LOUISVILLE, Ky. – White Protestantism has dominated U.S. politics and culture for much of the nation’s history, but demographic change and an exodus from churches by the young are bringing the era to a close.
That prediction comes from Robert P. Jones, founder and chief executive officer of Public Religion Research Institute (PRRI), who has won the 2019 Grawemeyer Award in Religion for his book, “The End of White Christian America.” Simon & Schuster published the work in 2016.
University of Louisville and Louisville Presbyterian Theological Seminary jointly give the religion prize.
America is no longer mostly white and Christian, Jones found. Although 54 percent of the U.S. population met that description in 2008, the number fell to 45 percent in 2016. The election two years ago gave Republicans political control of the country but also signaled a “death rattle” for white Christian America, he said.
Jones also explained an affinity between white evangelical Protestants and President Donald Trump in his book, noting Trump “cast himself as the last chance for Republicans and conservative white Christians to step back from the cliff, to preserve their power and way of life.”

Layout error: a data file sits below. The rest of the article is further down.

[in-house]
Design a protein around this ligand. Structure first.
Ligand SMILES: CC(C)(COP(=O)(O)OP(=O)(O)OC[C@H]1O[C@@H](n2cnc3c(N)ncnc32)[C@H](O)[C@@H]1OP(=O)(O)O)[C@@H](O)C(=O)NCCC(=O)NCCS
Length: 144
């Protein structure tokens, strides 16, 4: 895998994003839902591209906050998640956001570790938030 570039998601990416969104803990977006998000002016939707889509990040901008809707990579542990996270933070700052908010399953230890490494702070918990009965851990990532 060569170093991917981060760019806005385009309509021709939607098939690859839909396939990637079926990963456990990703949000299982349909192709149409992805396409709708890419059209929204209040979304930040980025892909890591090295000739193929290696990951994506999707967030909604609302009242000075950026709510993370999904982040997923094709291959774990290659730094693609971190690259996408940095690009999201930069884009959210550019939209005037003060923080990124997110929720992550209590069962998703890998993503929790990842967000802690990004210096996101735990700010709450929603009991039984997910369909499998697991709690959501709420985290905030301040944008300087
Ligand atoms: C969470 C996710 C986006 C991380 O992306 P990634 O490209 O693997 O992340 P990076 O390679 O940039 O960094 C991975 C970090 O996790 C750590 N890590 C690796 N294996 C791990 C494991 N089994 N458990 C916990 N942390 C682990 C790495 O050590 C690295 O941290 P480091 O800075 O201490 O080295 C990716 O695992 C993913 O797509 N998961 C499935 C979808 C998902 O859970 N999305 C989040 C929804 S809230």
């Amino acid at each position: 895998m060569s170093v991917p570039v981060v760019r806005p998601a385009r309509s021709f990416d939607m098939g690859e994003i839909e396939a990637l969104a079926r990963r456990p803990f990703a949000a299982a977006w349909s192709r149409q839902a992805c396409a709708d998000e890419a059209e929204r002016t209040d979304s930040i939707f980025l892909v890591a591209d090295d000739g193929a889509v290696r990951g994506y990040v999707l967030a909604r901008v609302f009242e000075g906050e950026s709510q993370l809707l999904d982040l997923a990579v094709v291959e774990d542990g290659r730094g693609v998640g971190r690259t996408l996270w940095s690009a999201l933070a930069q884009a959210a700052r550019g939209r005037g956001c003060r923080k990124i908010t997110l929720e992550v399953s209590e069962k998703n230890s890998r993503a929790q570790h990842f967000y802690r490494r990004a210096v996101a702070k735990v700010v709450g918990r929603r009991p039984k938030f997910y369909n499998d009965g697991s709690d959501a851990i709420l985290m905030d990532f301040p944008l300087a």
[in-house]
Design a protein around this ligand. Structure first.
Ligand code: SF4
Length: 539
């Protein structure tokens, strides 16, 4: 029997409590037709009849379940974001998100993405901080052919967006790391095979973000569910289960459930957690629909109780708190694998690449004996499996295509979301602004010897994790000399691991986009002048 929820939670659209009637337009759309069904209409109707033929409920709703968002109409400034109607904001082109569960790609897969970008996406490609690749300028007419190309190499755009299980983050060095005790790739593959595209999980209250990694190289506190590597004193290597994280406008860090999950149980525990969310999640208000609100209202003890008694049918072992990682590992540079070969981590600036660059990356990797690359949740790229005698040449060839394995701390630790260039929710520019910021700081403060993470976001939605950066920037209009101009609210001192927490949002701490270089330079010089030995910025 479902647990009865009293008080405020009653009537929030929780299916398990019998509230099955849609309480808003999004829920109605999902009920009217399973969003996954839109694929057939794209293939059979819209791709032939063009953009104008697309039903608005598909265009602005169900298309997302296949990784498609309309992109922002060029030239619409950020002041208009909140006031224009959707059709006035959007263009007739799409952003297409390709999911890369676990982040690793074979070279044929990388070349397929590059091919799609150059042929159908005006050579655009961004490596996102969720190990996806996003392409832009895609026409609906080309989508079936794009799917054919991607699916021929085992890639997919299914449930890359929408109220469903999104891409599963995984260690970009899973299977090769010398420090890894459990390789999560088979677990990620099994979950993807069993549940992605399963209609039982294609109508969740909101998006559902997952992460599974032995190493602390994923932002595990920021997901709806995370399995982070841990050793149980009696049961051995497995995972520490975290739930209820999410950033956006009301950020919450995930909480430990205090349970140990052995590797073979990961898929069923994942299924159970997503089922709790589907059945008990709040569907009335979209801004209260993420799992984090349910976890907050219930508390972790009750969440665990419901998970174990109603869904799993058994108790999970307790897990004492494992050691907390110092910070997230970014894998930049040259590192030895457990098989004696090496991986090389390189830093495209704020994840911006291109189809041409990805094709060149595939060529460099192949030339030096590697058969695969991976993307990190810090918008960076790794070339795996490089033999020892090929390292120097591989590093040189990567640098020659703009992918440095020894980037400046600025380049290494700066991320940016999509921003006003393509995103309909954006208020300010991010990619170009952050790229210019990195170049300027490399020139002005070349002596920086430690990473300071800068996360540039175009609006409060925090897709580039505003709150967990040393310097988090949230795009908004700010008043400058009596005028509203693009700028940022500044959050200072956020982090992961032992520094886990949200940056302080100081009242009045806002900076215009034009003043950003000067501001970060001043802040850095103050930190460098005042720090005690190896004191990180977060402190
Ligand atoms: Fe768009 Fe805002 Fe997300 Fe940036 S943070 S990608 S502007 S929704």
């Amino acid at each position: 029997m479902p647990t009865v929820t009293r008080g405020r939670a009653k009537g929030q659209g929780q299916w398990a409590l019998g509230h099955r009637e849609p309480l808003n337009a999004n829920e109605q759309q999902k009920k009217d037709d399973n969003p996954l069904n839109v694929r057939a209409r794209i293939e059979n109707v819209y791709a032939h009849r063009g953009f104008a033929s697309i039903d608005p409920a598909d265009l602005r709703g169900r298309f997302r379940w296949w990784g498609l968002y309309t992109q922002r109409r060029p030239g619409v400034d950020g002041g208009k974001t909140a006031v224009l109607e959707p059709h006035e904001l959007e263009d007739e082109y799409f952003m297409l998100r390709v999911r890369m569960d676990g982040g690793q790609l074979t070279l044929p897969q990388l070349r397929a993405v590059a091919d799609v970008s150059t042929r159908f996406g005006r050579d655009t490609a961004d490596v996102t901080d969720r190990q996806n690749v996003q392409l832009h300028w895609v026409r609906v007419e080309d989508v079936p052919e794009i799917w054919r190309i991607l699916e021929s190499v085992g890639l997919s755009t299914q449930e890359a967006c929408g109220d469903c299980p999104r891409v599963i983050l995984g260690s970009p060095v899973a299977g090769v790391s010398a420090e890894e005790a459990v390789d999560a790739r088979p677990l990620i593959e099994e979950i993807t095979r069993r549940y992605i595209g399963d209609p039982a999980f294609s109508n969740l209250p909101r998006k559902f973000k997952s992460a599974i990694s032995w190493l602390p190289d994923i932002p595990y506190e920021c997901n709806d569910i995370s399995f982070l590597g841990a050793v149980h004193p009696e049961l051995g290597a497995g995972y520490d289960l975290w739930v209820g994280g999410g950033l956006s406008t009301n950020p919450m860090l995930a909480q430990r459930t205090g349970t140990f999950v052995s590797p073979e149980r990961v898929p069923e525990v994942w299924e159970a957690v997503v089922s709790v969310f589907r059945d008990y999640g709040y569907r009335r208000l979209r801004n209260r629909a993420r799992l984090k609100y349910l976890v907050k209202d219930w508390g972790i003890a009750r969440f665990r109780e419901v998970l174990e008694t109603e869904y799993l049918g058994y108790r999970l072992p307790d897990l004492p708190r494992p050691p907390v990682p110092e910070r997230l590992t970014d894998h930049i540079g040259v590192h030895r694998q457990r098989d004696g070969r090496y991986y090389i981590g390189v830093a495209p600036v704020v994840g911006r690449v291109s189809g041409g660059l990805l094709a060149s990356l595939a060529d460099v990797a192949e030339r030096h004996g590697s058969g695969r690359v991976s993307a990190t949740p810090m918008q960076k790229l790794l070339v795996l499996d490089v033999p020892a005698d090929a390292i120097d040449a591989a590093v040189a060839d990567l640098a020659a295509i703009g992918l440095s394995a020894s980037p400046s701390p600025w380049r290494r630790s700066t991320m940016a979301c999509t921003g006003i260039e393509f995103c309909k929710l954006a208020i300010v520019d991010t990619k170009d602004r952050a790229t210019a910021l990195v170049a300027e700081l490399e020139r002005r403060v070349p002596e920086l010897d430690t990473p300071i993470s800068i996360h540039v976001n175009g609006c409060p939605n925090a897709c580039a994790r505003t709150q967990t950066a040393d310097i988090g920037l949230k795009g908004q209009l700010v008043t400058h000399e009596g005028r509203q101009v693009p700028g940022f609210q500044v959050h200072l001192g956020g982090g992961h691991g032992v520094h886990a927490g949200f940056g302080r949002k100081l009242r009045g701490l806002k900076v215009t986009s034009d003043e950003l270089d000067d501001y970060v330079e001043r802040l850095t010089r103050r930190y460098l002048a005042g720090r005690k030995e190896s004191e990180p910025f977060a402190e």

White Protestants, particularly white evangelicals, must find their place in a new America or face challenging internal and external consequences, he warned.
“Jones well describes the decline of mainstream Protestantism many of us are seeing in our churches and theological institutions,” said Tyler Mayfield, an associate professor of Old Testament at the seminary who directs the religion award. “He also offers an appropriate critique of how mainline Protestants have failed to address racism even though they have been a public voice for racial justice.”
PRRI is a nonprofit, nonpartisan organization that conducts independent research at the intersection of religion, culture and public policy. In 2016, The New York Times Review of Books called Jones’ book “possibly the most illuminating text for this election year.”
Recipients of the 2019 Grawemeyer Award winners are being named this week pending final approval by university and seminary trustees. The annual, $100,000 prizes reward outstanding ideas in music, world order, psychology, education and religion. Winners will visit Louisville in April to accept their awards and give free talks on the winning ideas.
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